House Republicans requested Saturday that several people, including Hunter Biden and the anonymous whistleblower, testify before select committees as a part of the impeachment inquiry into President Donald Trump’s dealings with Ukraine.

The request came as lawmakers prepare to hold public inquiry hearings beginning Wednesday. Three House committees have been privately questioning witnesses for the last several weeks.

A resolution outlining the process of the impeachment inquiry that passed the House in late October affords Republicans on the House Intelligence Committee the right to request certain witnesses be brought to testify. Those requests can only be granted by the chair of that committee, Democrat Rep. Adam Schiff, or through the approval of the majority of the committee’s members.

Saturday, the ranking Republican on the House Intelligence Committee, Rep. Devin Nunes, sent a letter to Schiff that both requested a number of witnesses be called and complaining that House Democrats’ “sham impeachment process” unfairly inhibits Republicans from fully participating in the hearings due to the rules around such requests.

These rules, as Vox’s Li Zhou notes, align with the procedures followed in past impeachment inquiries, but have nevertheless become a point of contention for Republicans.

The witnesses in the request also reflect Republican disdain for the inquiry. The list includes many President Donald Trump has accused of wrongdoing, including the whistleblower whose complaint kicked off the impeachment inquiry and Joe Biden’s son, Hunter, as well as figures the president and his allies have derided as partisan players like the whistleblower’s sources and a former DNC staffer.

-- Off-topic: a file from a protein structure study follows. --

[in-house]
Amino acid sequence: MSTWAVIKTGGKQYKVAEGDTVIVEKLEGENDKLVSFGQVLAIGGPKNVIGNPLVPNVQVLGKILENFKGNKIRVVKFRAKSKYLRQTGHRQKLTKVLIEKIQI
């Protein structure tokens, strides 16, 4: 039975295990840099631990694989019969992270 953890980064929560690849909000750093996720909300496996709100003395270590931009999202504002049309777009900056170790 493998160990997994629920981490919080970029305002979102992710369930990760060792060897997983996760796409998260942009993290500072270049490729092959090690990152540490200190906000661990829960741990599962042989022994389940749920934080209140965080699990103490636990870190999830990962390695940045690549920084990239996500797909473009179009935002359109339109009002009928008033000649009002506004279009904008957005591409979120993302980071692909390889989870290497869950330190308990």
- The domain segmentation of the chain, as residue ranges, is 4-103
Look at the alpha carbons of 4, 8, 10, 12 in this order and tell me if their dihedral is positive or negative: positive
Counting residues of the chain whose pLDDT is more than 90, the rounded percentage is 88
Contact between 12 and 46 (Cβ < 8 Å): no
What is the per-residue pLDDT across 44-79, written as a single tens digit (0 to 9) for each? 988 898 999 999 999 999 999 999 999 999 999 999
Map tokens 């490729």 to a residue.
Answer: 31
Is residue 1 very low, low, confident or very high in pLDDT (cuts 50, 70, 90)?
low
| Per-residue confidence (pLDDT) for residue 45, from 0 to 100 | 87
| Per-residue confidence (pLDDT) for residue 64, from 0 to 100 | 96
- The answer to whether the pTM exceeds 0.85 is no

Following the release of the letter, Trump gave his two cents, arguing the list ought to be expanded to include “Nervous Nancy Pelosi” and “Sleepy Joe Biden.”

Schiff told NBC Saturday that he does not intend to call Biden to testify: “This inquiry is not and will not serve, however, as a vehicle to undertake the same sham investigations into the Bidens or 2016 that the President pressed Ukraine to conduct for his personal political benefit,” Schiff said.

Democrats haven’t announced all of the people they will call to testify, but William Taylor, the top US diplomat in Ukraine; George Kent, an assistant secretary in the State Department; and former US ambassador to Ukraine Marie Yovanovitch are among them.

Who’s on the Republicans’ list

Republicans called for a number of people to be brought before the House as a part of the impeachment inquiry. They included several people who have already testified to committees privately, political strategists, and both major and minor players in the unfolding story of Trump’s relationship with Ukraine.